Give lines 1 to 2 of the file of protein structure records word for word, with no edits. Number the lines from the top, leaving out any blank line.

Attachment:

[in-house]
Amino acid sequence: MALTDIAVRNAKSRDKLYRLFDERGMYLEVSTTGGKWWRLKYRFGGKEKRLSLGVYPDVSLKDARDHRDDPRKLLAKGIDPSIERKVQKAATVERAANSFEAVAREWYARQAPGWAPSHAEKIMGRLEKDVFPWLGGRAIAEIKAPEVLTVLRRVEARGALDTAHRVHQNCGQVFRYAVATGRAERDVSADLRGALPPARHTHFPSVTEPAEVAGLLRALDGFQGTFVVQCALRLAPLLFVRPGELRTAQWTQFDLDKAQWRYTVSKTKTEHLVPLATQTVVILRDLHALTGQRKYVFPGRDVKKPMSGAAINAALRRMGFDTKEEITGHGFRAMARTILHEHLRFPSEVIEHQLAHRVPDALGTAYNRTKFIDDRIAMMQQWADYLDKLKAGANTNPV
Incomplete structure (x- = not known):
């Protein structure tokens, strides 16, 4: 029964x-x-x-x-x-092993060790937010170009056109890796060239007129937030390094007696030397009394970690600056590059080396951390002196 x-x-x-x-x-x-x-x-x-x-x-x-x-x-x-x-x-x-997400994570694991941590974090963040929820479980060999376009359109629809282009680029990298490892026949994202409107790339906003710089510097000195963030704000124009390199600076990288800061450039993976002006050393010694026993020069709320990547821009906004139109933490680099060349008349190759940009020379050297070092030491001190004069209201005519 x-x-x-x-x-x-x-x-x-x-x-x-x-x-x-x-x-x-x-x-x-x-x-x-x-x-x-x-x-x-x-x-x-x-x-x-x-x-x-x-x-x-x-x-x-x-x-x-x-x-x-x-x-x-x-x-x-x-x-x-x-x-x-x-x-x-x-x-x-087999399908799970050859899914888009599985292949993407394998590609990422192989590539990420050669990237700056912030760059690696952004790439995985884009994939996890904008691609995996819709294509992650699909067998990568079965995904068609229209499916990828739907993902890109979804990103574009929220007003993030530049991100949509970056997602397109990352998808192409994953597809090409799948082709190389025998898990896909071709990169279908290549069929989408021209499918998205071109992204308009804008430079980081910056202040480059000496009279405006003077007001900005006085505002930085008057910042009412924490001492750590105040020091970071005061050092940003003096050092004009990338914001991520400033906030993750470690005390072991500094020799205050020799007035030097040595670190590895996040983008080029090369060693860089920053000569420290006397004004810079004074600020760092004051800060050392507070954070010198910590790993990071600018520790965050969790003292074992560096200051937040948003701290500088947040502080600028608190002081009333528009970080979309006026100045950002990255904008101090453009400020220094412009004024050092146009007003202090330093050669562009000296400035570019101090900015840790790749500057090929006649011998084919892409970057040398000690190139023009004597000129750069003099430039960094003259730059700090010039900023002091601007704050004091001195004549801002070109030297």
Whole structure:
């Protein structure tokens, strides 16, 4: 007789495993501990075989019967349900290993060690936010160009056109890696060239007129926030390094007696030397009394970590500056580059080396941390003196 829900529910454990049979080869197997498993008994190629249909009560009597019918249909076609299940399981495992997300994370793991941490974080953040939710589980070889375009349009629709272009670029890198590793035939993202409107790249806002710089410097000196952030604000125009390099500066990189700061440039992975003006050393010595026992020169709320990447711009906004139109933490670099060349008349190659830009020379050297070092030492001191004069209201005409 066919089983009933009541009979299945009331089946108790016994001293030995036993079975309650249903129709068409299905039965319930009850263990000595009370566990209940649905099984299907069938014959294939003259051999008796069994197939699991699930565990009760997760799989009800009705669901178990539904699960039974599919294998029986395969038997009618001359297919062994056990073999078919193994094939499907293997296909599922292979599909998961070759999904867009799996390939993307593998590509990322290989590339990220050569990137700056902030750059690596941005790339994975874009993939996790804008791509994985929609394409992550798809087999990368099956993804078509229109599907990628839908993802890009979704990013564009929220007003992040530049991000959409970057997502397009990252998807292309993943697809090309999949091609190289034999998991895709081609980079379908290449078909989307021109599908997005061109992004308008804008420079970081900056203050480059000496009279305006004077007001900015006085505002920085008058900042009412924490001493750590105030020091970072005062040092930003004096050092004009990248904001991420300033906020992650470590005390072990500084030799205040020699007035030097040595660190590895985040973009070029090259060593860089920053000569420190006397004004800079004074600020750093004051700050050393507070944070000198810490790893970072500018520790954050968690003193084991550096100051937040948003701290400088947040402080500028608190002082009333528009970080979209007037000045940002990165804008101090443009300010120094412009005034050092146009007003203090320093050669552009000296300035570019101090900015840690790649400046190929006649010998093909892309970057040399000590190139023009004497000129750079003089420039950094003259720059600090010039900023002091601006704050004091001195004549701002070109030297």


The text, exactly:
[in-house]
Amino acid sequence: MALTDIAVRNAKSRDKLYRLFDERGMYLEVSTTGGKWWRLKYRFGGKEKRLSLGVYPDVSLKDARDHRDDPRKLLAKGIDPSIERKVQKAATVERAANSFEAVAREWYARQAPGWAPSHAEKIMGRLEKDVFPWLGGRAIAEIKAPEVLTVLRRVEARGALDTAHRVHQNCGQVFRYAVATGRAERDVSADLRGALPPARHTHFPSVTEPAEVAGLLRALDGFQGTFVVQCALRLAPLLFVRPGELRTAQWTQFDLDKAQWRYTVSKTKTEHLVPLATQTVVILRDLHALTGQRKYVFPGRDVKKPMSGAAINAALRRMGFDTKEEITGHGFRAMARTILHEHLRFPSEVIEHQLAHRVPDALGTAYNRTKFIDDRIAMMQQWADYLDKLKAGANTNPV